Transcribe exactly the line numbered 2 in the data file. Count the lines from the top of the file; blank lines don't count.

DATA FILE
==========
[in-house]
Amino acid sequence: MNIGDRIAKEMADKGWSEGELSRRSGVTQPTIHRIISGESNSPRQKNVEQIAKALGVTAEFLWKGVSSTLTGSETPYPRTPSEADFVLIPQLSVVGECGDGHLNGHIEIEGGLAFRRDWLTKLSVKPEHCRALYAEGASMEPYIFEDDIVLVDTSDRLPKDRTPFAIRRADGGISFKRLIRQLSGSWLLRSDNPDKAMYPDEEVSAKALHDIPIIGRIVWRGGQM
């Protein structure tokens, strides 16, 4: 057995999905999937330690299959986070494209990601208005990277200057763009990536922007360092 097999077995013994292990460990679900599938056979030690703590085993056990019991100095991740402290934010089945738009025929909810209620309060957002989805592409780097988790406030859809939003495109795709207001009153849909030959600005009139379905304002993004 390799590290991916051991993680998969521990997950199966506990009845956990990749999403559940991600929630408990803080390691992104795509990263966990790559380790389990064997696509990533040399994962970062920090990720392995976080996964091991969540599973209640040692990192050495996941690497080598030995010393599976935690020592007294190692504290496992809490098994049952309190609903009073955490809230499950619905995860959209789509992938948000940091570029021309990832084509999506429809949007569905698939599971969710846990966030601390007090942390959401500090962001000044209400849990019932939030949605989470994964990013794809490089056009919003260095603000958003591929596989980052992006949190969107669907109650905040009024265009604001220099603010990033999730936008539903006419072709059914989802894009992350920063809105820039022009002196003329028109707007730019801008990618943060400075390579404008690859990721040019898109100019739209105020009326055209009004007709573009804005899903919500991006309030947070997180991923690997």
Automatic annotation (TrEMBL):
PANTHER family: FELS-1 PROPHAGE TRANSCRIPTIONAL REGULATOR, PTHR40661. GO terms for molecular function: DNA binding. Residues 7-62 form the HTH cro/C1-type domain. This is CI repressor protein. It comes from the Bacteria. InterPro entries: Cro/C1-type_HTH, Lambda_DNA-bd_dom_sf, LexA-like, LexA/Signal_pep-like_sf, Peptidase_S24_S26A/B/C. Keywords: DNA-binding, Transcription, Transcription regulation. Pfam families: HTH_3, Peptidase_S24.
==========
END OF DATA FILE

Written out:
Amino acid sequence: MNIGDRIAKEMADKGWSEGELSRRSGVTQPTIHRIISGESNSPRQKNVEQIAKALGVTAEFLWKGVSSTLTGSETPYPRTPSEADFVLIPQLSVVGECGDGHLNGHIEIEGGLAFRRDWLTKLSVKPEHCRALYAEGASMEPYIFEDDIVLVDTSDRLPKDRTPFAIRRADGGISFKRLIRQLSGSWLLRSDNPDKAMYPDEEVSAKALHDIPIIGRIVWRGGQM